“During the afternoon I had a little adventure that amused my family for a long time. I had taken off my dress to allow the seamstress to remove the velvet sleeves and collar that had been put there for Mass, and I had put on a big woolen frock coat. Since there was no one in the living room at the time, my brother and I took the opportunity to rehearse one last time our comedies for the evening. So, as in one scene, I entered the dining room energetically blowing kisses and speaking tender words to my brother, who was supposed to be my husband in the play. Now just at that moment, without my expecting it at all, you understand, there was this good piano tuner in the dining room who had just come to tune the various instruments for the concert. When he saw me and heard the tender words I was saying, he was naturally and without doubt seized with fear, jumped up from his stool, grabbed his hat and, not being able to reach the door quickly enough, all confused, ducked behind the harmonium. I did not bother to give him an explanation and, after finishing my lines, I went back to the living room. My brother, who had watched everything from the door, was in tears from laughter. The poor man! I had doubtlessly scandalized him, for he had taken everything seriously and this banter was certainly not very edifying.

“The day after the wedding, our friends the musicians who had helped with the concert came for supper at the house. Among others, Mr. Jaillard and Mr. de L. were there. Both of them knew of my plans for religious life. My stepfather had informed them, as well as Mr. Arthuis, the preceding spring. When my stepfather had told them of my resolution the first two were completely taken aback. They refused to believe it. They said they would never have expected it. As for Mr Arthuis, who knew me better, he had at first kept silent. Questioned privately by his companions, he finally said, “Oh, I’m not surprised. I thought of that several times.”

“When we returned from the Jura Mountains in November that faithful soul came to say good-bye to my mother. He shed tears as he left a house where he had perhaps expected to be received one day as a son. I did not want to go see him. Why increase his disappointment? He was too Christian to argue with God about me. He went far away with a military unit and three years later, after my profession, he [left the military and] set himself up virtuously in the world.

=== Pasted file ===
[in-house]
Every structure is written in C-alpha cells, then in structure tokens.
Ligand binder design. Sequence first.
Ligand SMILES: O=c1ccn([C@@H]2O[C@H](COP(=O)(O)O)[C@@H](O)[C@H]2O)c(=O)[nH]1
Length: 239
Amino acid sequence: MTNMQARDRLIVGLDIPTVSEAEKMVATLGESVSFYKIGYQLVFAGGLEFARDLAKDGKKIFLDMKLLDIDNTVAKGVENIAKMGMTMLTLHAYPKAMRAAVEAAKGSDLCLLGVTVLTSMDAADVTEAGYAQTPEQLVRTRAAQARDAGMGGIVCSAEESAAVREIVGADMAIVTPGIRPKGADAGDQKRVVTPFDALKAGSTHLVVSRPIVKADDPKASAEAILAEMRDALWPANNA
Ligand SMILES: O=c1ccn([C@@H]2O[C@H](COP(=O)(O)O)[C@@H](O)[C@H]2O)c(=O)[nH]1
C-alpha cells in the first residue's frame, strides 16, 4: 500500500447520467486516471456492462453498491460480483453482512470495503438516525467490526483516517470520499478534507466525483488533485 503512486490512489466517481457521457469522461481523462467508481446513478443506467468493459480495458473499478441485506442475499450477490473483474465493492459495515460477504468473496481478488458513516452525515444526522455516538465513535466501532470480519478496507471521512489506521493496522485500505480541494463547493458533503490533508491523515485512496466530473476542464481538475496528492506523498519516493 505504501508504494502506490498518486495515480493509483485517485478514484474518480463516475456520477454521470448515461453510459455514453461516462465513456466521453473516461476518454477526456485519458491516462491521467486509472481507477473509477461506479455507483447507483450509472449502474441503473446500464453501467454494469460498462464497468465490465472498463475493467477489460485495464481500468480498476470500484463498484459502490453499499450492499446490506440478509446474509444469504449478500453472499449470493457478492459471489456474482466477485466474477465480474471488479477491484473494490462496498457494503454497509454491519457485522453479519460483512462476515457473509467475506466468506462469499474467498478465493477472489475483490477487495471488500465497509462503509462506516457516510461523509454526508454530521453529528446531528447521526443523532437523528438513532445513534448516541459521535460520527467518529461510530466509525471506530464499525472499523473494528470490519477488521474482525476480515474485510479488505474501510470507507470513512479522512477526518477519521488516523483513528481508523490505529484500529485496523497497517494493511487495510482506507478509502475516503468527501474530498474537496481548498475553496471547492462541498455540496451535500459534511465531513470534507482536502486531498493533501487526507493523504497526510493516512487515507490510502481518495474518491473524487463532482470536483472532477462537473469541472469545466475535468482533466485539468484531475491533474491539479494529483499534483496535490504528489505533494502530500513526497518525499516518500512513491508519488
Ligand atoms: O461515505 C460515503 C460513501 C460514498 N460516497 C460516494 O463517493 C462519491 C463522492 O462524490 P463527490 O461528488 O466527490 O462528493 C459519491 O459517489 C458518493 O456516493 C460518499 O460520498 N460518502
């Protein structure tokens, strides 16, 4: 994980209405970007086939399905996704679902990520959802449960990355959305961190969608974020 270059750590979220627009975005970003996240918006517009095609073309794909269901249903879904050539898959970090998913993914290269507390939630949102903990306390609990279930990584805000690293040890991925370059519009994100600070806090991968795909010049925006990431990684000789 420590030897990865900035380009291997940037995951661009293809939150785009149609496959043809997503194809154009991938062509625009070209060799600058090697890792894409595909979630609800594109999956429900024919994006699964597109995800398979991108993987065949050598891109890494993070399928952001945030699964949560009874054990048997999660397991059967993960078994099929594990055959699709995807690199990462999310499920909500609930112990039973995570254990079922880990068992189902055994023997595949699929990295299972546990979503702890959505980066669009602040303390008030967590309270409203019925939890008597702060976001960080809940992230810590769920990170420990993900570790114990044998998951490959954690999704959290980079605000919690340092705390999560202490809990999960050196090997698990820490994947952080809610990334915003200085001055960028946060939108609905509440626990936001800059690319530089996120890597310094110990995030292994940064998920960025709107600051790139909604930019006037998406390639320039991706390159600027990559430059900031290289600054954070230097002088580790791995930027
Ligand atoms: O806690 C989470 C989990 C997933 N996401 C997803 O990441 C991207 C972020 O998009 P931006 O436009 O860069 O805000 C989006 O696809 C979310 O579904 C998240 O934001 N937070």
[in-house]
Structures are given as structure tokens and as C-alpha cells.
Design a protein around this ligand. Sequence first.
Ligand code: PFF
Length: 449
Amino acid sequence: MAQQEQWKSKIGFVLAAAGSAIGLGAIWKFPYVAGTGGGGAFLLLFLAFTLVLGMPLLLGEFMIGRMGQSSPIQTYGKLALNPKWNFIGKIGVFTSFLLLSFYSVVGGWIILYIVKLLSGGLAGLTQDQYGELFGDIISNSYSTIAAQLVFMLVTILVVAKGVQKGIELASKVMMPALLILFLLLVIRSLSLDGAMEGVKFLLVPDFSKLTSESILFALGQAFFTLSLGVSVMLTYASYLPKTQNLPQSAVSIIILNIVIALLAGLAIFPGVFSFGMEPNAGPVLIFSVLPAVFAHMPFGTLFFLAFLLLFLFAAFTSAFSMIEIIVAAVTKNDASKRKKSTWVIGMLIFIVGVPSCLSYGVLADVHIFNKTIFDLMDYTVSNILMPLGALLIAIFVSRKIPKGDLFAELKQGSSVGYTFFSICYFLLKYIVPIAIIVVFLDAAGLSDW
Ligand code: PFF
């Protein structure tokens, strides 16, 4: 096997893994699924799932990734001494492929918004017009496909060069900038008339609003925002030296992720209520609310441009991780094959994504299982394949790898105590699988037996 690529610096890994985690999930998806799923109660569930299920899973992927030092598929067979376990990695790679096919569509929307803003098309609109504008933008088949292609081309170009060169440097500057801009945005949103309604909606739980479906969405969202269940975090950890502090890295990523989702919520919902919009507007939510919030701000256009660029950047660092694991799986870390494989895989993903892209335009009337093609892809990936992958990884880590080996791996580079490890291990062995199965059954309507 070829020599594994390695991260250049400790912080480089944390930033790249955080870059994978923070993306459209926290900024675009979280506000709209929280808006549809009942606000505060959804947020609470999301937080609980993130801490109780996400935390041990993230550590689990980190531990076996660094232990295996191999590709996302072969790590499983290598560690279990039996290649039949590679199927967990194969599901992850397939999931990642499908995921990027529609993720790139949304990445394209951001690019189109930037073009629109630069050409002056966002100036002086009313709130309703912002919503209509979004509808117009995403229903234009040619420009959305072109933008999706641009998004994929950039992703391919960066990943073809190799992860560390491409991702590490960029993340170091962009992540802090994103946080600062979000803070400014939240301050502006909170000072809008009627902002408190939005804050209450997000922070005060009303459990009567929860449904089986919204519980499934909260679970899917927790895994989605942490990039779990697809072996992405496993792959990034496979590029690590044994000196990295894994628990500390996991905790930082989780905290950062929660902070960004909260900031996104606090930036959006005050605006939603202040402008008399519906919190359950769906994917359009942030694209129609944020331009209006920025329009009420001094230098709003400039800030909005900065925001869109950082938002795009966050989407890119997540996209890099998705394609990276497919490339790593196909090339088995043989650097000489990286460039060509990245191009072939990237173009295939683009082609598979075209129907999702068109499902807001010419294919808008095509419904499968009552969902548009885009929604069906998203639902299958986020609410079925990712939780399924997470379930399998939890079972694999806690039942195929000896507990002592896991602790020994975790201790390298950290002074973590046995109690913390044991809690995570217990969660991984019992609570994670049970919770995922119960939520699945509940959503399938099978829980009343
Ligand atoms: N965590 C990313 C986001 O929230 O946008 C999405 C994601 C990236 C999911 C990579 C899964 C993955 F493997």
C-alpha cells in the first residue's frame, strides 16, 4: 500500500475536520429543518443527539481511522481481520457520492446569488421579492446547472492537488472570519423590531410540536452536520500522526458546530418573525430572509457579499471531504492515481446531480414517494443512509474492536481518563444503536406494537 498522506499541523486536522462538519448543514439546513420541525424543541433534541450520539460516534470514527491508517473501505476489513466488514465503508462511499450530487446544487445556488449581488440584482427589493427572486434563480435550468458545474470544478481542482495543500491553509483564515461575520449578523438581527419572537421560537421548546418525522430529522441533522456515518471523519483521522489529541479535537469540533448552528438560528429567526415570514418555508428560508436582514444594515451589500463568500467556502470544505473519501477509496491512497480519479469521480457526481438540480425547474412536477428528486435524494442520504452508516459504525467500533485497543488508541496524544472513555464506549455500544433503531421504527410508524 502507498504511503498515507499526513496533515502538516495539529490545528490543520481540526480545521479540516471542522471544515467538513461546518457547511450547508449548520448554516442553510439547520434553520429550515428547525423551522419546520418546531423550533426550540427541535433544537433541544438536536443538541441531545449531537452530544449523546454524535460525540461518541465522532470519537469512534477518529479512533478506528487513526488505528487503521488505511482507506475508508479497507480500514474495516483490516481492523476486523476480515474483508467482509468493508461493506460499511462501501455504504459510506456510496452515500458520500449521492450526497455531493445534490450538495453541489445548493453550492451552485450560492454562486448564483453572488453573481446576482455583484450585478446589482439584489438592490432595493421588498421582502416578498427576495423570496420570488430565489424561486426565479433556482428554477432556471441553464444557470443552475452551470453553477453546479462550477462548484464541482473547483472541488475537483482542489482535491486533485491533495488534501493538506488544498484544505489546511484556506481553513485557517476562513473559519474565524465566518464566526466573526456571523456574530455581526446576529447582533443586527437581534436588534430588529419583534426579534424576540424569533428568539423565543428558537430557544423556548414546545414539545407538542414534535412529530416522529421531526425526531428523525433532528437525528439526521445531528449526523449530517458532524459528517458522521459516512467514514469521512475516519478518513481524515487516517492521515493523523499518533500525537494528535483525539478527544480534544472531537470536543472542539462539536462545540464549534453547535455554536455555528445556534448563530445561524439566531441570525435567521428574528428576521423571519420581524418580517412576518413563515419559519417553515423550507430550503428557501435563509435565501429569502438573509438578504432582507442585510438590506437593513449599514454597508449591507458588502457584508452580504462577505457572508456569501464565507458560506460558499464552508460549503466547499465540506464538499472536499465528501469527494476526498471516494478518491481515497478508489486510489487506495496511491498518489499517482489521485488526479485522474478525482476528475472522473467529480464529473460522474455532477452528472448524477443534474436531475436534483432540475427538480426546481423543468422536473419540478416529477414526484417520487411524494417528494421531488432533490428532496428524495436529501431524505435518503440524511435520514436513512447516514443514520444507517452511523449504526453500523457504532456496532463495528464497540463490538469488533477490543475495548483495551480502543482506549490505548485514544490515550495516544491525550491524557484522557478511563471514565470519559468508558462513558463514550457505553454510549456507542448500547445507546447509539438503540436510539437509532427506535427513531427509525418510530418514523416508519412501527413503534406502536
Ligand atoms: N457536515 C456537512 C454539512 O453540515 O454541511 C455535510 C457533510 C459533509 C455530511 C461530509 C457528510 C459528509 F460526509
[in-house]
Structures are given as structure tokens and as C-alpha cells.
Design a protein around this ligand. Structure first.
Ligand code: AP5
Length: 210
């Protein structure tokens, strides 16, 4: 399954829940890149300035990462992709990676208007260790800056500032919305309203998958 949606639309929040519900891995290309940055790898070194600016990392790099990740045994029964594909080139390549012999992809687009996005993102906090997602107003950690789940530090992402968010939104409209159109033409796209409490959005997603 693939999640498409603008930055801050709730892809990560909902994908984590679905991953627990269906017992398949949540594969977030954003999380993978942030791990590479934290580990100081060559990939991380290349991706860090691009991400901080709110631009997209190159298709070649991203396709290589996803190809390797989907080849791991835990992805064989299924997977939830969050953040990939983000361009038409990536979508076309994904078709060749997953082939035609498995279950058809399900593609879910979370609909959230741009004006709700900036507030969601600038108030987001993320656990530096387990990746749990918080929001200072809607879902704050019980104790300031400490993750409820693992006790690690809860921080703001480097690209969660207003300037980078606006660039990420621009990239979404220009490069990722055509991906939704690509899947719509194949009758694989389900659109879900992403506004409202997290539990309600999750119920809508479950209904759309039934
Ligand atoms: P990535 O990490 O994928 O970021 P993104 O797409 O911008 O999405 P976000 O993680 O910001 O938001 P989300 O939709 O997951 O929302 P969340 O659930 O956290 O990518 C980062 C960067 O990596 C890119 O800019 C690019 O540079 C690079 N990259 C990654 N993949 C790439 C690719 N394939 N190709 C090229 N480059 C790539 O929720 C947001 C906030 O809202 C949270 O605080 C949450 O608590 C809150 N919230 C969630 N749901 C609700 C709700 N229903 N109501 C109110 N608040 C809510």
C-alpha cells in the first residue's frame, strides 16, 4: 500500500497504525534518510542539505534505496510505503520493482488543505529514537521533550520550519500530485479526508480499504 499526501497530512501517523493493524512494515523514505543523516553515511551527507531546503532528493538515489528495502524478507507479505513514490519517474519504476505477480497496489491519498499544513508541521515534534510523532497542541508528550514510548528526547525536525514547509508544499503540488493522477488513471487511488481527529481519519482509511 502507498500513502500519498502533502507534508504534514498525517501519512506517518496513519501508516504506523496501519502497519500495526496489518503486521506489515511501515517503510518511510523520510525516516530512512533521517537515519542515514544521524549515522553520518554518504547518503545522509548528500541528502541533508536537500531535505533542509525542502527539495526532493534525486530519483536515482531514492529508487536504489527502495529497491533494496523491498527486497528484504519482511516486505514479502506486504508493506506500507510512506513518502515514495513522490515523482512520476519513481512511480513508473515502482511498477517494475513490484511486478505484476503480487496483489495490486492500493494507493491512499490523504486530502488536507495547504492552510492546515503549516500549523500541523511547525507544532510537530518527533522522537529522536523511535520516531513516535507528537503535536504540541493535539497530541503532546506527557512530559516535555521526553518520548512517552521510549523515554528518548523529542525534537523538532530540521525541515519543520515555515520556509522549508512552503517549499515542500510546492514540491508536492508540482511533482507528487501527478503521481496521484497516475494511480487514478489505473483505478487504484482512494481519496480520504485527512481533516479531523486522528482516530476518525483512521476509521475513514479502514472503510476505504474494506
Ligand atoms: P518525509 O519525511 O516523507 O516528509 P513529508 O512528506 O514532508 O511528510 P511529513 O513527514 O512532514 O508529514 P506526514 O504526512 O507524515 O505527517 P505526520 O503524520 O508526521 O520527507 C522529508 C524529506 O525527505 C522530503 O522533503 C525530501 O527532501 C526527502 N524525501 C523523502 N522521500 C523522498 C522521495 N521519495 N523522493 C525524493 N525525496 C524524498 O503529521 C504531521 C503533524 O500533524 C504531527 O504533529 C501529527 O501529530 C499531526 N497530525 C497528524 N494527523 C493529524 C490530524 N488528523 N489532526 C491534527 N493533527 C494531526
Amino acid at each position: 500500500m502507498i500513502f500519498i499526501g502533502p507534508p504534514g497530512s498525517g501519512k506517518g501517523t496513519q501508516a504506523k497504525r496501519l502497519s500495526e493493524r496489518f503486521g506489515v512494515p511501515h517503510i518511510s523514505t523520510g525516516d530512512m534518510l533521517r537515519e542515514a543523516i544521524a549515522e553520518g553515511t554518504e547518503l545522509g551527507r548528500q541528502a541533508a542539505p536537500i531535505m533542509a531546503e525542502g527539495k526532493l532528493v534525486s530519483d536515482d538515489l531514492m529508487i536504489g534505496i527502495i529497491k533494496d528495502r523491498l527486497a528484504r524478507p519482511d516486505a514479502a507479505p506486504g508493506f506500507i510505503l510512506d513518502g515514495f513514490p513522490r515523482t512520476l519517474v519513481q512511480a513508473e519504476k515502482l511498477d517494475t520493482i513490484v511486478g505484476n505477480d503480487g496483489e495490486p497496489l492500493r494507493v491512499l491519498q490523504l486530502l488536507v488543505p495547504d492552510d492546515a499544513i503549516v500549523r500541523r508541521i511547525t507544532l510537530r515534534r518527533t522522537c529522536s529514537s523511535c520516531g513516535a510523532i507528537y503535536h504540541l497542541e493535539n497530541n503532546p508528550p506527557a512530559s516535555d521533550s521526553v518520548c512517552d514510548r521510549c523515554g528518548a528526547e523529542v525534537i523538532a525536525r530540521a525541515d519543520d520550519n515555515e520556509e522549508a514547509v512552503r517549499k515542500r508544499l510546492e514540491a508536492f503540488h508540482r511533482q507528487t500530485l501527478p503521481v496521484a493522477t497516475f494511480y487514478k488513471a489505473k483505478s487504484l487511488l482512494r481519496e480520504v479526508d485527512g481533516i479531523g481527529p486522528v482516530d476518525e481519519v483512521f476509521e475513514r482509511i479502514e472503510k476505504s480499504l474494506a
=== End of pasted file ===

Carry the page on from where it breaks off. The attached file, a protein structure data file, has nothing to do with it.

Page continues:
“I have always considered this friendship as a gift from God. For seven years the examples of his piety, the firmness of his principles, and the simple, joyous, candid virtue that he exhibited surrounded me with a Christian atmosphere that certainly did me good.

Then the day after the wedding Mrs. J. and Mr. de la L. were having supper at our home. While talking about many things, we came to discuss the theater. My mother, on saying that we were very deprived in this regard at Valence, that the actors ordinarily were terrible, and that in fact there were from time to time traveling groups that were quite good, added, this good mother of mine, I don’t know why, that we practically never go to the theater. “My daughters never like to go there. Mathilde is extremely afraid of fires since the Comic Opera disaster, and Margaret does not give the impression that she would enjoy it.”

“I smiled sweetly and said to my mother, “Good, dear mother, when both of your daughters are married off you will be freer and you will be able to do what you like!” My mother did not say anything, but let out a big sigh. Mr. Jaillard, who was sitting beside me, looked at me with sadness and sighed, too. Mr. de la L., who was seated at the other end of the table, raised his eyes to heaven and let out a third sigh. I quickly changed the subject of conversation, for this untimely allusion was already bringing tears to my mother’s eyes.